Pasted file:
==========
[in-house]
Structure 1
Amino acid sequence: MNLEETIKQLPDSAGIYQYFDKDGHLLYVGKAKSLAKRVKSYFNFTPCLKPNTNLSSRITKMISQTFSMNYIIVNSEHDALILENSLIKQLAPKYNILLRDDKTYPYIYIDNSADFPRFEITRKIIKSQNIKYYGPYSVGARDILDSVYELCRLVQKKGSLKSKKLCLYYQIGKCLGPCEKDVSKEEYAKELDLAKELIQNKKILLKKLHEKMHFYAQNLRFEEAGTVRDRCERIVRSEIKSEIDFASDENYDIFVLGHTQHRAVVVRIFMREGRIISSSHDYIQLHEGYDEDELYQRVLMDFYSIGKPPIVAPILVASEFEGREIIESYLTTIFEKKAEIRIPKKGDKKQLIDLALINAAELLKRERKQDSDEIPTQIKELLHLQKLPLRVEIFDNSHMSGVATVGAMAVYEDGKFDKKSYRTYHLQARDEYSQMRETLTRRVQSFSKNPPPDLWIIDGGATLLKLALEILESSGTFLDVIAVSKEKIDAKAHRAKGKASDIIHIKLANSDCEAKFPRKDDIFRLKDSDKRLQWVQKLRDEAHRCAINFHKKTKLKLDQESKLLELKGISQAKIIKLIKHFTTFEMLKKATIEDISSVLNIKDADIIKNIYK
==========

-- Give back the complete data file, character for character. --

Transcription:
[in-house]
Structure 1
Amino acid sequence: MNLEETIKQLPDSAGIYQYFDKDGHLLYVGKAKSLAKRVKSYFNFTPCLKPNTNLSSRITKMISQTFSMNYIIVNSEHDALILENSLIKQLAPKYNILLRDDKTYPYIYIDNSADFPRFEITRKIIKSQNIKYYGPYSVGARDILDSVYELCRLVQKKGSLKSKKLCLYYQIGKCLGPCEKDVSKEEYAKELDLAKELIQNKKILLKKLHEKMHFYAQNLRFEEAGTVRDRCERIVRSEIKSEIDFASDENYDIFVLGHTQHRAVVVRIFMREGRIISSSHDYIQLHEGYDEDELYQRVLMDFYSIGKPPIVAPILVASEFEGREIIESYLTTIFEKKAEIRIPKKGDKKQLIDLALINAAELLKRERKQDSDEIPTQIKELLHLQKLPLRVEIFDNSHMSGVATVGAMAVYEDGKFDKKSYRTYHLQARDEYSQMRETLTRRVQSFSKNPPPDLWIIDGGATLLKLALEILESSGTFLDVIAVSKEKIDAKAHRAKGKASDIIHIKLANSDCEAKFPRKDDIFRLKDSDKRLQWVQKLRDEAHRCAINFHKKTKLKLDQESKLLELKGISQAKIIKLIKHFTTFEMLKKATIEDISSVLNIKDADIIKNIYK